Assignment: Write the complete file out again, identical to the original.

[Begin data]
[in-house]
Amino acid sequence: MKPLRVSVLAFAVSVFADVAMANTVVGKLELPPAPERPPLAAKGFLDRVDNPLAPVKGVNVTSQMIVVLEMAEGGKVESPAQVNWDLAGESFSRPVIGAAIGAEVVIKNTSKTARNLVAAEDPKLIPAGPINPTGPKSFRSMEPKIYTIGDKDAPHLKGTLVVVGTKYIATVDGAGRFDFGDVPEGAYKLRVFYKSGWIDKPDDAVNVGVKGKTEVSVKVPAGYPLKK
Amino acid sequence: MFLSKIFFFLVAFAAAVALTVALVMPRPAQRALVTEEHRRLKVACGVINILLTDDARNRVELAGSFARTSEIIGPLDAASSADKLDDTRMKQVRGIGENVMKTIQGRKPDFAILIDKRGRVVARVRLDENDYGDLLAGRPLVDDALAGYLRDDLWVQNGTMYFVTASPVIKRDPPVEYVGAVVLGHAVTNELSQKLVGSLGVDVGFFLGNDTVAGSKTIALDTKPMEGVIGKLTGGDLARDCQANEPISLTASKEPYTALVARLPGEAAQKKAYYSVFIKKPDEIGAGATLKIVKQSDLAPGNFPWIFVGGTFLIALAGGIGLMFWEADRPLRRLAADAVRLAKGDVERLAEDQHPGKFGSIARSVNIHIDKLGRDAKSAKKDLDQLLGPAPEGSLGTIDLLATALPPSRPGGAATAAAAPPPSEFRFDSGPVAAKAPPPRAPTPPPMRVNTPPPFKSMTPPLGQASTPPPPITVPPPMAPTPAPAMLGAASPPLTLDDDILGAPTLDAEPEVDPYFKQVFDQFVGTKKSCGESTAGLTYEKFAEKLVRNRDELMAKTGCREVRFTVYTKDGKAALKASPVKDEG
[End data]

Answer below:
[in-house]
Amino acid sequence: MKPLRVSVLAFAVSVFADVAMANTVVGKLELPPAPERPPLAAKGFLDRVDNPLAPVKGVNVTSQMIVVLEMAEGGKVESPAQVNWDLAGESFSRPVIGAAIGAEVVIKNTSKTARNLVAAEDPKLIPAGPINPTGPKSFRSMEPKIYTIGDKDAPHLKGTLVVVGTKYIATVDGAGRFDFGDVPEGAYKLRVFYKSGWIDKPDDAVNVGVKGKTEVSVKVPAGYPLKK
Amino acid sequence: MFLSKIFFFLVAFAAAVALTVALVMPRPAQRALVTEEHRRLKVACGVINILLTDDARNRVELAGSFARTSEIIGPLDAASSADKLDDTRMKQVRGIGENVMKTIQGRKPDFAILIDKRGRVVARVRLDENDYGDLLAGRPLVDDALAGYLRDDLWVQNGTMYFVTASPVIKRDPPVEYVGAVVLGHAVTNELSQKLVGSLGVDVGFFLGNDTVAGSKTIALDTKPMEGVIGKLTGGDLARDCQANEPISLTASKEPYTALVARLPGEAAQKKAYYSVFIKKPDEIGAGATLKIVKQSDLAPGNFPWIFVGGTFLIALAGGIGLMFWEADRPLRRLAADAVRLAKGDVERLAEDQHPGKFGSIARSVNIHIDKLGRDAKSAKKDLDQLLGPAPEGSLGTIDLLATALPPSRPGGAATAAAAPPPSEFRFDSGPVAAKAPPPRAPTPPPMRVNTPPPFKSMTPPLGQASTPPPPITVPPPMAPTPAPAMLGAASPPLTLDDDILGAPTLDAEPEVDPYFKQVFDQFVGTKKSCGESTAGLTYEKFAEKLVRNRDELMAKTGCREVRFTVYTKDGKAALKASPVKDEG